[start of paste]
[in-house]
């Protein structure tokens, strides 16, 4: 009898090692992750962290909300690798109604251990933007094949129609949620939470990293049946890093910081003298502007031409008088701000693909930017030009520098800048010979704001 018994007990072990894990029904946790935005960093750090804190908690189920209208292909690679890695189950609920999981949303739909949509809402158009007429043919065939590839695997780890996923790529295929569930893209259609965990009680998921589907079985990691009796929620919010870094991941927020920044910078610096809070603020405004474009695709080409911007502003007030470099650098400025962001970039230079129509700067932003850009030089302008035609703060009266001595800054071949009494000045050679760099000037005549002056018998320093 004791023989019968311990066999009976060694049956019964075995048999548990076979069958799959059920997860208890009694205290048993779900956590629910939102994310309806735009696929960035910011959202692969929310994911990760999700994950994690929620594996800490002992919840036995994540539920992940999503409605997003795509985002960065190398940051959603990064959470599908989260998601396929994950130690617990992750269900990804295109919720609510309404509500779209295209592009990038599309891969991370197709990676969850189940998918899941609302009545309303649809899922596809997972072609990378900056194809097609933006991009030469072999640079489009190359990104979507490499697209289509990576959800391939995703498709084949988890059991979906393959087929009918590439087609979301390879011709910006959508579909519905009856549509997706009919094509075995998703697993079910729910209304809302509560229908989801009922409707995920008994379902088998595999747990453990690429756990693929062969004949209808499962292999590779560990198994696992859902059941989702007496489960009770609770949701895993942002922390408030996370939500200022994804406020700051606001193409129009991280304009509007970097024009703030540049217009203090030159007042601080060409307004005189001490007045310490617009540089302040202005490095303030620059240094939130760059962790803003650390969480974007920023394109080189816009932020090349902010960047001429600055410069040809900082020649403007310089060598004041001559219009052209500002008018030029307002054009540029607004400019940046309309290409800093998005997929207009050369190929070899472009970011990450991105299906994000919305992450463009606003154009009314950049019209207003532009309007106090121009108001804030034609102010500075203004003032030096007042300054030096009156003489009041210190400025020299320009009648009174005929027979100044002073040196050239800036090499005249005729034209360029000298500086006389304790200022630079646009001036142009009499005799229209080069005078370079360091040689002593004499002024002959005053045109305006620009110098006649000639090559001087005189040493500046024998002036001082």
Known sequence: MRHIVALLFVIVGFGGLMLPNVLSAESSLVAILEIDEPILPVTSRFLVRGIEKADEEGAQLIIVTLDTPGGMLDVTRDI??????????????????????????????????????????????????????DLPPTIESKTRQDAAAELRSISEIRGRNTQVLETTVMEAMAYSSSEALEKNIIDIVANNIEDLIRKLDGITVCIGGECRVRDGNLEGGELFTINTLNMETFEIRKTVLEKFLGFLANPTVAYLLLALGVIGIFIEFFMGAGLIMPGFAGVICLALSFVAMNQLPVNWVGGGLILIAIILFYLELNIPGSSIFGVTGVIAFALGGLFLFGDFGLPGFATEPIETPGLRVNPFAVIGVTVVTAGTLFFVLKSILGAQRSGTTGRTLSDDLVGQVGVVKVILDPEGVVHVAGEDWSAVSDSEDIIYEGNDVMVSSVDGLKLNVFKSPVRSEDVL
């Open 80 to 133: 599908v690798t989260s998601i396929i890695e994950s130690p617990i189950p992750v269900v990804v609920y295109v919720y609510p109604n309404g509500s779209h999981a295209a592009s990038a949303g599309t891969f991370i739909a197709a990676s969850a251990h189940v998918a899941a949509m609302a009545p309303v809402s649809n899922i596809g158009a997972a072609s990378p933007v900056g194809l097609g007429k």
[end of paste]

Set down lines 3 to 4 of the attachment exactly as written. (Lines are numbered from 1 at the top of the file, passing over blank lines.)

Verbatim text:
Known sequence: MRHIVALLFVIVGFGGLMLPNVLSAESSLVAILEIDEPILPVTSRFLVRGIEKADEEGAQLIIVTLDTPGGMLDVTRDI??????????????????????????????????????????????????????DLPPTIESKTRQDAAAELRSISEIRGRNTQVLETTVMEAMAYSSSEALEKNIIDIVANNIEDLIRKLDGITVCIGGECRVRDGNLEGGELFTINTLNMETFEIRKTVLEKFLGFLANPTVAYLLLALGVIGIFIEFFMGAGLIMPGFAGVICLALSFVAMNQLPVNWVGGGLILIAIILFYLELNIPGSSIFGVTGVIAFALGGLFLFGDFGLPGFATEPIETPGLRVNPFAVIGVTVVTAGTLFFVLKSILGAQRSGTTGRTLSDDLVGQVGVVKVILDPEGVVHVAGEDWSAVSDSEDIIYEGNDVMVSSVDGLKLNVFKSPVRSEDVL
């Open 80 to 133: 599908v690798t989260s998601i396929i890695e994950s130690p617990i189950p992750v269900v990804v609920y295109v919720y609510p109604n309404g509500s779209h999981a295209a592009s990038a949303g599309t891969f991370i739909a197709a990676s969850a251990h189940v998918a899941a949509m609302a009545p309303v809402s649809n899922i596809g158009a997972a072609s990378p933007v900056g194809l097609g007429k």